Israeli bulldozers began demolishing the old Shepherd Hotel compound in the predominantly Arab neighborhood Sheikh Jarrah in East Jerusalem early Sunday, paving the way for the construction of a new Jewish housing project on the site.
The Shepherd Hotel project was tied up for years in legal battles until not long ago. The hotel, originally built for the Mufti of Jerusalem Haj Amin al-Husseini, was purchased in 1985 for one million dollars by the American Jew Irving Moskowitz.
It continued to operate as a hotel, renamed the Shefer Hotel. The Israeli border police used it as base for several years.
In 2007, Moskowitz turned the disputed land over to Ateret Cohanim, a Zionist settler organization, with the goal of building a new Jewish enclave in the East Jerusalem neighborhood.
When Moskowitz initiated plans to build 122 apartments on the site of the hotel, the work was condemned by the British government. In 2009 the plan was modified, but was still condemned by the U.S. and U.K. governments. Permission to build 20 apartments near the hotel was given in 2009, and formal approval was announced by the Jerusalem municipality on March 23, 2010 hours before Prime Minister Benjamin Netanyahu met with President Barack Obama, drawing heavy condemnation from the U.S. administration.
The demolition caused outrage amongst the Palestinians, who view the Sheikh Jerrah neighborhood as part of their future state. Over the past year, this neighborhood has become a symbol for the Palestinian and Israeli peace activists' battle against the Israeli occupation of Palestinian lands.
Demolition was completed Monday, January 10th, 2011.
Secretary of State Hillary Rodham Clinton is strongly criticizing Israel for the demolition, saying that the move undermines U.S. efforts to restart stalled peace talks.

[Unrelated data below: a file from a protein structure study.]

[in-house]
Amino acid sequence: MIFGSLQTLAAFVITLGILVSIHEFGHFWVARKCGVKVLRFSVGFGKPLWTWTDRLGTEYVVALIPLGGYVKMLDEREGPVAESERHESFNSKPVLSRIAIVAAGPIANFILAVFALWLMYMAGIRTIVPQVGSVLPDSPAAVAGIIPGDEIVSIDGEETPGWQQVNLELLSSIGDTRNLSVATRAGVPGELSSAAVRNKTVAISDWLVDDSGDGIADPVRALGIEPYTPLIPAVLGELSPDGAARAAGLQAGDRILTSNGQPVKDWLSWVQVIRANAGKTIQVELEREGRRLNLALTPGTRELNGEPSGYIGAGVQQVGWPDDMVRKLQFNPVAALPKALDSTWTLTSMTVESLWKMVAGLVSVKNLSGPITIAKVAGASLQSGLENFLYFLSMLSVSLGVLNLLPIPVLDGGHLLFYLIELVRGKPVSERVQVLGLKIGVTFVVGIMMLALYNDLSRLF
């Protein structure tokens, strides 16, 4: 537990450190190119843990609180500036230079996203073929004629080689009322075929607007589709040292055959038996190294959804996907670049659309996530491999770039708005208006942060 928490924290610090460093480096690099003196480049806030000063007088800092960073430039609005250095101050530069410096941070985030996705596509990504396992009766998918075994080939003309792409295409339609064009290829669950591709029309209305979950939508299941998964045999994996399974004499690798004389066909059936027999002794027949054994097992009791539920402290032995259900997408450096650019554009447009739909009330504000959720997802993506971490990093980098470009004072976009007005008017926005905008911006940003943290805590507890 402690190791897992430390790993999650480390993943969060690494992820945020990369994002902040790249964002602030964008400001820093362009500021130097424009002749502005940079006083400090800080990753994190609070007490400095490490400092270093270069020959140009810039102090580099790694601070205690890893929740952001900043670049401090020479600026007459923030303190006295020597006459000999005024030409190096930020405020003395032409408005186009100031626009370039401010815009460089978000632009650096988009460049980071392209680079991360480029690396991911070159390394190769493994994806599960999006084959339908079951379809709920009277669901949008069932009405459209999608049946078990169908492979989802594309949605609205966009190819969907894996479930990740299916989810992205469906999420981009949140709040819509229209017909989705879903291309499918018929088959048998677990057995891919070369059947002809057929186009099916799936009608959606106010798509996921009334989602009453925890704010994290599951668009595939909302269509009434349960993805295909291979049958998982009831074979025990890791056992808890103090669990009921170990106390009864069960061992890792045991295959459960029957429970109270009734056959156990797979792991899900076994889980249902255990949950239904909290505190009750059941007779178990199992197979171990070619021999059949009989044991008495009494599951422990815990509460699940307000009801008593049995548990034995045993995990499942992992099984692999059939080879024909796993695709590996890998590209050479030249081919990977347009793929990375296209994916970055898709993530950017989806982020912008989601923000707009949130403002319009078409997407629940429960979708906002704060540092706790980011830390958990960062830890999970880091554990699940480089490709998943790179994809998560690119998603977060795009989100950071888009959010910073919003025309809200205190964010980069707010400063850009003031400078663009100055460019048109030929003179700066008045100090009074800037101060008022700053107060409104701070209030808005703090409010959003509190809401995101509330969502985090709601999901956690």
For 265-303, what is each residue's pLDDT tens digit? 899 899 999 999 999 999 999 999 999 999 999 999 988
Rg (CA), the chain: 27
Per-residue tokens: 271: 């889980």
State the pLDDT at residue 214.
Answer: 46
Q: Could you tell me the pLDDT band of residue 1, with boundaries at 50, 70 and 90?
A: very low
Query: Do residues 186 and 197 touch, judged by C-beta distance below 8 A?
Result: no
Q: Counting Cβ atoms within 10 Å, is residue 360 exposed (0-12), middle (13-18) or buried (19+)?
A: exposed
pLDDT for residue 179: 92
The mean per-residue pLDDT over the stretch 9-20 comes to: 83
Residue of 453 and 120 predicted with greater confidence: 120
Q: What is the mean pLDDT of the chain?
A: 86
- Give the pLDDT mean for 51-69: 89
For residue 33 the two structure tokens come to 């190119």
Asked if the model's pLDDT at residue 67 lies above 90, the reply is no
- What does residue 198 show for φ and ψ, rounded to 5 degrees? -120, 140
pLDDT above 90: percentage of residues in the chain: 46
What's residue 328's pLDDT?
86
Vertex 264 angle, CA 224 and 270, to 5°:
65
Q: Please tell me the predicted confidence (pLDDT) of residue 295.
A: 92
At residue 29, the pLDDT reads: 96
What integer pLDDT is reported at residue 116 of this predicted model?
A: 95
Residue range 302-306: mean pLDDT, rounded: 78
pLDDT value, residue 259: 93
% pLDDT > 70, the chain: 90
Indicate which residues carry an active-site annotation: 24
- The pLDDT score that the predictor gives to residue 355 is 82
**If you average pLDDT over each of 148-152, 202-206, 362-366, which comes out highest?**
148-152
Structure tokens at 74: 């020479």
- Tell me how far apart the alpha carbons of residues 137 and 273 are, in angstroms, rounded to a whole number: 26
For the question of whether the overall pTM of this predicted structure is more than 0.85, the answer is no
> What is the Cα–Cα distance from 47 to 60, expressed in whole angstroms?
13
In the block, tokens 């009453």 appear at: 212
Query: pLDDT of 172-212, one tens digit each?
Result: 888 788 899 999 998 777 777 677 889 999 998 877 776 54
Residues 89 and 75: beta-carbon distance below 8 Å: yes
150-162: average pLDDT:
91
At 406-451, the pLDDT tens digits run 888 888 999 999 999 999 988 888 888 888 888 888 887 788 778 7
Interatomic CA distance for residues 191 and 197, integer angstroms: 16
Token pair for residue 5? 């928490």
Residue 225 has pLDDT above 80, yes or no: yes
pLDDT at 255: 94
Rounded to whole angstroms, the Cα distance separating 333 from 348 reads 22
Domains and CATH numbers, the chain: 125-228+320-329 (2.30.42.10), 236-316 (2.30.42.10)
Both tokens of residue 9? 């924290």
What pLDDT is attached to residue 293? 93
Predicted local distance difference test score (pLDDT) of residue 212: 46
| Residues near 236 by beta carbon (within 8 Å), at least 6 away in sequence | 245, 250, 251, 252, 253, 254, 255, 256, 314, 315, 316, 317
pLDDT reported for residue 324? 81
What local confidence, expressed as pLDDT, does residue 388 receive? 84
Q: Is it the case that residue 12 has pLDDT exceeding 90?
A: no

In a statement released from Abu Dhabi, where she is beginning a tour of the Persian Gulf, Clinton said Sunday that the destruction of the Shepherd Hotel to make way for a new Jewish housing development "contradicts the logic" of Israel and the Palestinians negotiating a solution to their differences over Jerusalem, one of the most explosive issues in Israeli-Palestinian peacemaking. Clinton said the United States is "very concerned" about the demolition.
Here is a classic example of how the simple purchase and development of a piece of land by a Jew can turn into a political issue. Were this to occur in any other part of the world, no one would pay any attention. Everyone has the right to buy property, develop it and build apartments for whomever they want. But Zionism has created conflict and turned every inch of land into a battleground, endangering Jews everywhere.
In Palestine before the age of Zionism, no conflict was provoked when Jews bought land in a new area and built on it. The Jerusalem neighborhood of Meah Shearim was established in 1874 by Orthodox Jews of the Old Yishuv, who until then had lived only inside the city walls. In 1876 in the Sheikh Jarrah neighborhood itself, the burial cave of Shimon Hatzaddik and the adjoining land, planted with 80 ancient olive trees, were purchased by the Jews for 15,000 francs. Dozens of Jewish families built homes on the property.
It is only Zionism - the insistence that the state remain dominated and governed by Jews - that turns every such action into a political statement. We hope the settlers will one day realize that if their goal is only to live in the Holy Land, they can do that more easily if they follow the Torah's command that Jews during exile must live in peace with their gentile neighbors.